“Playing with this team, you’ve got a lot of guys that can shoot, so it’s pretty easy for me to get assists with this team,” said Satterfield. “Once I get in the paint and everybody knows (I’m there), then I kick out and guys make their shots. J (Kazuya Hatano) is always around the basket making layups, and now we have George and Bruce who are very good around the basket.”

So what’s the team’s mind-set entering a big series against the 13-1 Phoenix?

“If we can go out and get that first game next weekend it will be a big momentum booster for our team and our fans and maybe it’ll help start getting these games rolling and get us in a winning streak and make us play with some more pride,” Satterfield said.

Looking ahead: The Fukuoka-Osaka series tipped off on Thursday. Six other matchups are on docket starting Saturday: Akita vs. Kyoto, Toyama vs. Niigata, Saitama vs. Hamamatsu, Shimane vs. Sendai and Ryukyu vs. Miyazaki.

Oita and Tokyo have the weekend off.

Expansion plans: The bj-league is already actively seeking applicants for prospective expansion franchises for the 2012-13 season.

A news release posted on its website on Wednesday stated that the league’s application deadline is Jan. 31 and an announcement is scheduled for late April.

Before the 2010-11 season tipped off Toshimitsu Kawachi, the bj-league commissioner, announced four expansion teams — Yokohama, Chiba, Nagano and Morioka, Iwate Prefecture — would join the league for next season, months after Akita, Miyazaki and Shimane were awarded expansion teams for this season.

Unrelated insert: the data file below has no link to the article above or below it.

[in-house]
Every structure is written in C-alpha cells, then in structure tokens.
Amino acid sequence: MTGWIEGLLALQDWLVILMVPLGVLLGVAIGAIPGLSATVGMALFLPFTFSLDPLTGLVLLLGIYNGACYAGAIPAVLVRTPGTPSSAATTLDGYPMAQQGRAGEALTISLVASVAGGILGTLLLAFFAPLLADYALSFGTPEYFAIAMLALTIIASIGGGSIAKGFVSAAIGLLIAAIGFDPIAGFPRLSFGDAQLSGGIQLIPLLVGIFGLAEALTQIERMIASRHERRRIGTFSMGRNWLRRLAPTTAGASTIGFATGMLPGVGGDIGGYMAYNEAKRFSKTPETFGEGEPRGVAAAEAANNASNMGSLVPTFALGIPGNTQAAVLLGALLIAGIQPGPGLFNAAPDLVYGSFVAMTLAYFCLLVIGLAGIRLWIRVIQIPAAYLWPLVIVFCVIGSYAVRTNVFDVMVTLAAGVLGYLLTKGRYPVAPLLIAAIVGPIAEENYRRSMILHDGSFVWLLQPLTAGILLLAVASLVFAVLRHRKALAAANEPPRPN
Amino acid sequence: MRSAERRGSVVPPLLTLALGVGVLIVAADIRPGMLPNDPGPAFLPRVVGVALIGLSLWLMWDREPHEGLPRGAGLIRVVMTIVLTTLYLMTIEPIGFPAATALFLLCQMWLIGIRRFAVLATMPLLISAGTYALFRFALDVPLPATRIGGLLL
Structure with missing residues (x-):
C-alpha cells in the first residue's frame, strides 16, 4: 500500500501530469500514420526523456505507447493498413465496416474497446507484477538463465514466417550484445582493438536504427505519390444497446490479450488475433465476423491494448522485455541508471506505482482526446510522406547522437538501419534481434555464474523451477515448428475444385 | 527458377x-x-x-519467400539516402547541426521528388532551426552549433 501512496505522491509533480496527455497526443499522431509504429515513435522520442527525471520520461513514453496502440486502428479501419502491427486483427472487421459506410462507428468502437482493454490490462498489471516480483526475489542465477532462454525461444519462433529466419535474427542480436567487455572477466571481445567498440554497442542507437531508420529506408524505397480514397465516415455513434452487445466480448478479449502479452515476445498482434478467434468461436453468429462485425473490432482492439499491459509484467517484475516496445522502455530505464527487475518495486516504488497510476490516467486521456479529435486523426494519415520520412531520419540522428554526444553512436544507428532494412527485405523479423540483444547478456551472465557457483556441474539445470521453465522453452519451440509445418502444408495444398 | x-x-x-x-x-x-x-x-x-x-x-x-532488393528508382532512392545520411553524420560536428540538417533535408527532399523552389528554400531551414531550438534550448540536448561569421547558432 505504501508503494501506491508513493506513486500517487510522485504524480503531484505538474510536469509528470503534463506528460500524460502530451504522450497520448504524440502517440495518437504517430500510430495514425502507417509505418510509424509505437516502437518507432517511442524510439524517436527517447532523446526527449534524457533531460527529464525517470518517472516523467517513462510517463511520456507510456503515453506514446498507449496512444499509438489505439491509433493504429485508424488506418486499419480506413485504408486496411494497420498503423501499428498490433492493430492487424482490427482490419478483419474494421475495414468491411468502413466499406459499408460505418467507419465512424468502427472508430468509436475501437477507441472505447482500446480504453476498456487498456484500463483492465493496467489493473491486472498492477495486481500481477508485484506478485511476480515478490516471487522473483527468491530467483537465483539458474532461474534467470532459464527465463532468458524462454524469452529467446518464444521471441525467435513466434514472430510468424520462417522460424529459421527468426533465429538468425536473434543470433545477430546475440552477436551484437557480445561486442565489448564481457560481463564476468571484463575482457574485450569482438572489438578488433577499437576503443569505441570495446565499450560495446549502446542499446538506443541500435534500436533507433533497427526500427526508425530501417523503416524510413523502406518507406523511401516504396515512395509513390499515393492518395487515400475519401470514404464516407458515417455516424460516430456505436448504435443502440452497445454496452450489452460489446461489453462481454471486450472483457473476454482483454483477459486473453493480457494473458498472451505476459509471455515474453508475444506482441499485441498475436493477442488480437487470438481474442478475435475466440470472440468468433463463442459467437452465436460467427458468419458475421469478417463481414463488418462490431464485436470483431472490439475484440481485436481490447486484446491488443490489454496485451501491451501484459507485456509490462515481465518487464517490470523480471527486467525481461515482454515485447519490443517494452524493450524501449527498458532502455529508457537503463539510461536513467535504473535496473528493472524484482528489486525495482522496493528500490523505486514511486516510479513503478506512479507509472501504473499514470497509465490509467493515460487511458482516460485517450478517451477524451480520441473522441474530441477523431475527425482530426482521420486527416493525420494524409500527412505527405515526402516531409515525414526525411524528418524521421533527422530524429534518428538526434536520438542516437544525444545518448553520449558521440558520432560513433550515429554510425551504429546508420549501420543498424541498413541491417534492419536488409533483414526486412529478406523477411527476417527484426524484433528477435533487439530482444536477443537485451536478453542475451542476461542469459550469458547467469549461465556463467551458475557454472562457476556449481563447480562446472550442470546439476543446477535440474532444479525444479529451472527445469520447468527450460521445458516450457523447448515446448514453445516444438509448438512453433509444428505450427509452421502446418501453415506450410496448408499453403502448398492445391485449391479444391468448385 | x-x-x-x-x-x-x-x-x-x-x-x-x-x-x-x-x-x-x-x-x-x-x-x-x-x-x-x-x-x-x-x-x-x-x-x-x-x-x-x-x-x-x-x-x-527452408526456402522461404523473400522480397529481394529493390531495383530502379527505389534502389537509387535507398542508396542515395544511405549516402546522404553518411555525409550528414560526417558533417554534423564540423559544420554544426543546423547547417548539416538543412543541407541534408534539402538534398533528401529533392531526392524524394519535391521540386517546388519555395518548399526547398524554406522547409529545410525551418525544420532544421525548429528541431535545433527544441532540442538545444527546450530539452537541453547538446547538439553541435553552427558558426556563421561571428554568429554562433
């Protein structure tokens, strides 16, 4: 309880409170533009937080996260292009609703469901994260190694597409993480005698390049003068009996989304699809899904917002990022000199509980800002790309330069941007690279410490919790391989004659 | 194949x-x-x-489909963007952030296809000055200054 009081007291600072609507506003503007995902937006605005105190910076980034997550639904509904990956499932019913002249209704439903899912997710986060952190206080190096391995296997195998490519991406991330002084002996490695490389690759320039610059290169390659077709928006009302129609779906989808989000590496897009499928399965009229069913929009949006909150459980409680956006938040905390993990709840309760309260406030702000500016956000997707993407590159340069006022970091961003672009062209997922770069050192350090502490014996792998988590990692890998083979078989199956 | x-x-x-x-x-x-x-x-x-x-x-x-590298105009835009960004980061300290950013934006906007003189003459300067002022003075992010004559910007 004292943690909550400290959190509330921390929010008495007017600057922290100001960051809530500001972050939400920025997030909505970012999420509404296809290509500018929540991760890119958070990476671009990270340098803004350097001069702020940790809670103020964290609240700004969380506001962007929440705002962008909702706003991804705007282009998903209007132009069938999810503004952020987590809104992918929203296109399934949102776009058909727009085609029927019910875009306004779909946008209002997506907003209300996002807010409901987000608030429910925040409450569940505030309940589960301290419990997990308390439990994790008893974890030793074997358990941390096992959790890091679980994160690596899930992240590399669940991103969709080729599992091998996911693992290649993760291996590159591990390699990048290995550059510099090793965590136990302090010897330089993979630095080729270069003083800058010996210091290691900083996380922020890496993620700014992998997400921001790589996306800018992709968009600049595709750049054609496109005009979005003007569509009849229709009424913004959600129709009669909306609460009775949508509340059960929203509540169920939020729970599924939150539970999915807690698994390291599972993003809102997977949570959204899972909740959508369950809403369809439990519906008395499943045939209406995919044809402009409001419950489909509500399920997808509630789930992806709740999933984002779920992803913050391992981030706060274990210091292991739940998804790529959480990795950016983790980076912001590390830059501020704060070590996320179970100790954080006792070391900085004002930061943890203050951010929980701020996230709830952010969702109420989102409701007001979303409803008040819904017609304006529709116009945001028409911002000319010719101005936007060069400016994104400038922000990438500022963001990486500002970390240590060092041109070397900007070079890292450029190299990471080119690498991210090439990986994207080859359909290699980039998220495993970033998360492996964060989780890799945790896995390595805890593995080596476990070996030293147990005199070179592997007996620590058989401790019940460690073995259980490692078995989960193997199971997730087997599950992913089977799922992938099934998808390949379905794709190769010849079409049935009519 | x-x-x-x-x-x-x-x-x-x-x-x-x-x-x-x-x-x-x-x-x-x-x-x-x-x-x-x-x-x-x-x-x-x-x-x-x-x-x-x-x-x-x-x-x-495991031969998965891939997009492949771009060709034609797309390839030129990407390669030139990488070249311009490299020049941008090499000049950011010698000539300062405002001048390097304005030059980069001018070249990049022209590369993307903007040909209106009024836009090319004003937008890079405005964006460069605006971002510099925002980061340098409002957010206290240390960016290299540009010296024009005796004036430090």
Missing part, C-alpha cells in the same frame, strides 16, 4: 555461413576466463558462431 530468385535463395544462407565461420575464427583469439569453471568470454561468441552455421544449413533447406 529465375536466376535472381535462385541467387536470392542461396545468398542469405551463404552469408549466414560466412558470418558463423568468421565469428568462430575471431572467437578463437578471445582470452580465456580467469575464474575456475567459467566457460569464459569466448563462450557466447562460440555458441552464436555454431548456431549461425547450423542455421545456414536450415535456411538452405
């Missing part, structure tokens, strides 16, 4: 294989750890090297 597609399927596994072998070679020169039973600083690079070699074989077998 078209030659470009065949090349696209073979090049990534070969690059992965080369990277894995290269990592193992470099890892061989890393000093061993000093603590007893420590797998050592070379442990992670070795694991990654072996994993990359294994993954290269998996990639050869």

In the last round of expansion, 10 official applications were received, but the finalists were whittled down to six, the league said.

A prospective team’s ownership group is expected to have ¥250 million to ¥300 million in capital at the outset.

For more information on the expansion application process, send an e-mail to expansion@bj-league.com or call the league’s office (03-3798-8881).

League accolades: Swingman Wendell White of the Kyoto Hannaryz is the Lawson/Ponta Player of the Week, the league announced on Wednesday.

White had 23 points and 16 rebounds in a win over the Takamatsu Five Arrows on Saturday, followed by a 24-point, 14-rebound effort on Sunday, another Kyoto triumph.

(Takamatsu lost the two games by a combined 56 points.)

Hamamatsu sharpshooter Wayne Arnold, who averaged a team-best 19.4 ppg in November, is the league’s November MVP, with the announcement also coming on Wednesday.

Arnold has helped the Phoenix rattle off 11 straight wins. He also had 35 points, including six 3-pointers, on Nov. 20.

Making a fine impression: Happinets guard Makoto Sawaguchi, the league’s youngest player (he turns 19 on Sunday), is quietly putting up solid numbers for a rookie.

He’s averaging 8.1 points in 14 games and has scored in double digits in five games, and has at least seven points in six other contests in limited playing time (235 minutes). He’s also done a respectable job taking care of the basketball (24 assists, 23 turnovers) for a player his age.

“‘He is a tremendous competitor to begin with,” Nash said of the Morioka Minami High School product on Sunday. “He has an unbelievable motor in terms of how hard he plays. He plays with no fear. He plays like a veteran at the tender age of 18. He’s willing to take the big shots.

“‘He doesn’t play like an 18-year-old. He plays like he has a lot of experience coming out of a very good program, so I think he’s just going to be one of the stars of the bj-league as he goes forward.”